As the disagreements between Twitter and the Indian government took many turns, to eventually end with a meeting with MeitY to arrive at some common ground, several users have been looking at Twitter-alternatives. Koo app has emerged as a popular choice for government agencies, officials and others. But skeptics questioned the security of the popular Made-in-India app and suspected lax security.
Several users speculated that the Koo app had a poor security firewall, easy to breach, hence putting millions of user data at risk. More than 3 million people have downloaded the app on Play Store, so the question of lax security is going to raise many eyebrows.
A French cyber expert who goes by Elliot Alderson on Twitter shared few screenshots and claimed that Koo's security loophole can be misused to retrieve personal information such as email ID, data of birth, name, marital status, gender and more.
The cyber expert reacted to Koo co-founder and CEO Aprameya R's defense, saying the data unearthed was available to the public regardless. This conversation raised questions and concerns about Koo's privacy.
International Business Times reviewed the claim about Koo being unsafe for users. While our independent research on firewall security is underway, the available resources show there's no reason to panic. The information Koo app seeks from users at the time of registration can be skipped and users can sign up with just their phone number.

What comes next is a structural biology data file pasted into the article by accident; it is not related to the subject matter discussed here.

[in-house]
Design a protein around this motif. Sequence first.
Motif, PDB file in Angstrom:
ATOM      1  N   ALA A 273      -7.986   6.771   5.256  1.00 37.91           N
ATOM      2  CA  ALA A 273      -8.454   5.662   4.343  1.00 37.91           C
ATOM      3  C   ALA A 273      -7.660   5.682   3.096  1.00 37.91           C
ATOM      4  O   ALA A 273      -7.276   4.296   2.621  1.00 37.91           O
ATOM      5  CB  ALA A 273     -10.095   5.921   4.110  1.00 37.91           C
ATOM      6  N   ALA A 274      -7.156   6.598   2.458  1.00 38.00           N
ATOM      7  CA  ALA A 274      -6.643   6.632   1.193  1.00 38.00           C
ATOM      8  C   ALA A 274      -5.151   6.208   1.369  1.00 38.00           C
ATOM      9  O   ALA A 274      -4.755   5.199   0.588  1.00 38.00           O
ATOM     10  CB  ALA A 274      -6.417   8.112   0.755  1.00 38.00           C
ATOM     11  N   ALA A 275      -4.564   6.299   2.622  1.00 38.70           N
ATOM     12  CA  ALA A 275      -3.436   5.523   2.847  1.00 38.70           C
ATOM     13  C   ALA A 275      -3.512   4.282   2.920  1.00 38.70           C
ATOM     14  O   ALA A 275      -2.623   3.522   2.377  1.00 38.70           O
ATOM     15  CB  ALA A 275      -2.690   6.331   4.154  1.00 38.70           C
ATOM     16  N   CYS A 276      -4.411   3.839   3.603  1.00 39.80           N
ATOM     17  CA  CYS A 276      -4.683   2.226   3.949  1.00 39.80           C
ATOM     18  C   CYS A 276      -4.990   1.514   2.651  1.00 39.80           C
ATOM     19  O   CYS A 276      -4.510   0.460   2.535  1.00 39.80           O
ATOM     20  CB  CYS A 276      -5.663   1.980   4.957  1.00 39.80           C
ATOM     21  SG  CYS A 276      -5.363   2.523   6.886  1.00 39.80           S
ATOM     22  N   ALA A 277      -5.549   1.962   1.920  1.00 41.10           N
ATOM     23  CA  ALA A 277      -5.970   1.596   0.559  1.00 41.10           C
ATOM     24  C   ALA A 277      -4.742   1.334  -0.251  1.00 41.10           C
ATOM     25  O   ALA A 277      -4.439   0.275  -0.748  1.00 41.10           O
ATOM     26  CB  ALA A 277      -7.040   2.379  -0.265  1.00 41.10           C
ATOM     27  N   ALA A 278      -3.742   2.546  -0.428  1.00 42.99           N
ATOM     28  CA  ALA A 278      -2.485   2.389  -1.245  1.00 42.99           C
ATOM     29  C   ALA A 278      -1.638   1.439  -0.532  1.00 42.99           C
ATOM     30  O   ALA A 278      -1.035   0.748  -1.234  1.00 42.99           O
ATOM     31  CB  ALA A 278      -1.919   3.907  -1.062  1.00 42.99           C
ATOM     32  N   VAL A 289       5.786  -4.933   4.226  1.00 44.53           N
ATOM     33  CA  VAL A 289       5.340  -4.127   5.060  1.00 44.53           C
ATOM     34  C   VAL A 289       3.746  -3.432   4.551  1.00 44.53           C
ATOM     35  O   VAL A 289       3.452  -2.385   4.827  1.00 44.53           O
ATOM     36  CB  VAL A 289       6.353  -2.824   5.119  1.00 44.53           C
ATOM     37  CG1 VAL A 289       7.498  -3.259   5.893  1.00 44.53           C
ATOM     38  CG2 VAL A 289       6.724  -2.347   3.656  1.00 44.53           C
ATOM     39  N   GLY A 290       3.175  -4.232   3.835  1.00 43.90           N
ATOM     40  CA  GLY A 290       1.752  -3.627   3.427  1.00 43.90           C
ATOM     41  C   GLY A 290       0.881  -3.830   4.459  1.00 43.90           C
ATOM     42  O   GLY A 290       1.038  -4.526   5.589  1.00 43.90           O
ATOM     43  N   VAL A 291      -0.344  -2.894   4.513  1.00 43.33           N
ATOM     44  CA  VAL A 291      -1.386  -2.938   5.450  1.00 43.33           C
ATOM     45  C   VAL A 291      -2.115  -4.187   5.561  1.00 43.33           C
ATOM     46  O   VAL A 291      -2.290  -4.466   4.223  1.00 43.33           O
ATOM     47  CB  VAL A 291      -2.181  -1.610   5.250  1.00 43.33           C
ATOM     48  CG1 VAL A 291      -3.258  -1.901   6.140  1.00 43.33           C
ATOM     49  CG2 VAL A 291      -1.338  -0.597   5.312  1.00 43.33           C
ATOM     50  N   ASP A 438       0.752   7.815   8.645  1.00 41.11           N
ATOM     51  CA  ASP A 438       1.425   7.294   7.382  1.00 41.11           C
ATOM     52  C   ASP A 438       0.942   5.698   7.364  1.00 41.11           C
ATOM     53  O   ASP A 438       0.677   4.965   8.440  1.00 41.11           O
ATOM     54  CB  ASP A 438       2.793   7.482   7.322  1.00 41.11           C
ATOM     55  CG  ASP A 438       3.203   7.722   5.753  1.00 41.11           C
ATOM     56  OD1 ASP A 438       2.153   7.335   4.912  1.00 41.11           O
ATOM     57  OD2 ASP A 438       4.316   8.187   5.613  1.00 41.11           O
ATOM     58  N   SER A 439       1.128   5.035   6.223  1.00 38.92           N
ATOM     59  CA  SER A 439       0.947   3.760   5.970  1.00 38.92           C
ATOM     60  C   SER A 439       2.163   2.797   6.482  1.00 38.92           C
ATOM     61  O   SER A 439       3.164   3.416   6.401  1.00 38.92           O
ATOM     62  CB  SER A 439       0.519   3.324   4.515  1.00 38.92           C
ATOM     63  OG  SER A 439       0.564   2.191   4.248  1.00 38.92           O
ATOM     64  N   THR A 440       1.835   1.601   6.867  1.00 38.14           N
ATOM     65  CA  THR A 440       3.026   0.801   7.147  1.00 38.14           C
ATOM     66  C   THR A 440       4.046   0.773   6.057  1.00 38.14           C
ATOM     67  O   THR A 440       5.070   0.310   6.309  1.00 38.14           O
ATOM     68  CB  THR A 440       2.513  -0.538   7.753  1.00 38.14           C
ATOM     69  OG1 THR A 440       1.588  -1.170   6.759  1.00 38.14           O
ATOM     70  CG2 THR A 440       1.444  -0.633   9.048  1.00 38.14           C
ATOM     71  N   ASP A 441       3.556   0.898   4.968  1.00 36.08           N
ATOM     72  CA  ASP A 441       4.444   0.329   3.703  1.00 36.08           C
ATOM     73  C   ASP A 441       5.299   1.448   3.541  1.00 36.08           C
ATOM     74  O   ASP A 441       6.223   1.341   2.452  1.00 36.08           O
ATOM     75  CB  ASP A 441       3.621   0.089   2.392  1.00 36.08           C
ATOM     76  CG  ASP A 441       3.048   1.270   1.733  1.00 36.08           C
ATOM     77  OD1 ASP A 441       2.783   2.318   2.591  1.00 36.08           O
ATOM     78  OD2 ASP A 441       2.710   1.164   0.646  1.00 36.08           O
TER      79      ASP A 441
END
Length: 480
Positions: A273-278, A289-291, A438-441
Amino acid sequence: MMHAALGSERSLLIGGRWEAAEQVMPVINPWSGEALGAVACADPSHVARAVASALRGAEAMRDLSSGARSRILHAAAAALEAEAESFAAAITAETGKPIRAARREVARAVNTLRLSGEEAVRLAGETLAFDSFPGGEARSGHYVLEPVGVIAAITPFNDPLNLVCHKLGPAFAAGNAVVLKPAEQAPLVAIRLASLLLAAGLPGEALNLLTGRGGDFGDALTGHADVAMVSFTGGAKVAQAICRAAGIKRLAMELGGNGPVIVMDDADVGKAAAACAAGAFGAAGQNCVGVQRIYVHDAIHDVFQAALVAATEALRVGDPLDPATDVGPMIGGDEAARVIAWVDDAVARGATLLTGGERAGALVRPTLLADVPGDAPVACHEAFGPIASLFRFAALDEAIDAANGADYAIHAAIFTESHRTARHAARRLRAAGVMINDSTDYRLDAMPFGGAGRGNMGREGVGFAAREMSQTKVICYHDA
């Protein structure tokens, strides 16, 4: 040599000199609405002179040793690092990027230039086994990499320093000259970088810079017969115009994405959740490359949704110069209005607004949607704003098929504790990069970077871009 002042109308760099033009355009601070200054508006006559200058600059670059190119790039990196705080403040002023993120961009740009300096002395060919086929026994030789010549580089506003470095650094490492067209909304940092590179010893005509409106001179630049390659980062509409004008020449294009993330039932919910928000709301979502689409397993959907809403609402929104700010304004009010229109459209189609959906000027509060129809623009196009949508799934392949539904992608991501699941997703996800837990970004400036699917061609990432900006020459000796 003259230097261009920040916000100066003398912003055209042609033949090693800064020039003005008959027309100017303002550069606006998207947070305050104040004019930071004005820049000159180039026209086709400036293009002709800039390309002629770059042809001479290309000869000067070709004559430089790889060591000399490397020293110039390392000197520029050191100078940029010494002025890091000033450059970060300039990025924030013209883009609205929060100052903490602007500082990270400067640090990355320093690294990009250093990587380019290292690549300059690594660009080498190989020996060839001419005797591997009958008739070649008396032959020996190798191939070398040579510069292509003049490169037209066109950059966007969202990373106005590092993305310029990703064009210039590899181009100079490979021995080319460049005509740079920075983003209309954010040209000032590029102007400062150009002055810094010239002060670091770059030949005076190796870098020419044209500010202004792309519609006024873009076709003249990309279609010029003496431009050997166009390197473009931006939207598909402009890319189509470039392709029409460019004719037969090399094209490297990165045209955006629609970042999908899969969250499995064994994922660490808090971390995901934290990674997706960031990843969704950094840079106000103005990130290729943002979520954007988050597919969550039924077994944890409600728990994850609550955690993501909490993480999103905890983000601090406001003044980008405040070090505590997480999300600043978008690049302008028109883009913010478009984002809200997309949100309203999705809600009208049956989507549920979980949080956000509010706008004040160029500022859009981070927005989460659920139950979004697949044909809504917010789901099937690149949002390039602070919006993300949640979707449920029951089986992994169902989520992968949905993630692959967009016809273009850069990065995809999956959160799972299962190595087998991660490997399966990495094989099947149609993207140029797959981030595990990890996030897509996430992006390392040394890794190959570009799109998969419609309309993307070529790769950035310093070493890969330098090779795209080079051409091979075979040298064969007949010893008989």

As for Alderson's claim that Koo app has a security loophole and showed it using a few screenshots, another Twitter user did some research and found no such security loophole is present in Koo app.
"Is Koo App leaking Personal user data at all? No! The JSON db shows the exact thing which the user has permitted for the public view. It wasn't a hack or vulnerability at all," Twitter user @abhas_rewcie writes.
Here's detailed independent research done by the Twitter user to debunk any claims about Koo leaking personal information. Find all the information shared by the user below:
Based on the evidence gathered so far, International Business Times arrives at the conclusion that there is no concrete evidence to support the fact about Koo leaking personal information of its users. The information users choose to display on their Koo profile is publicly available.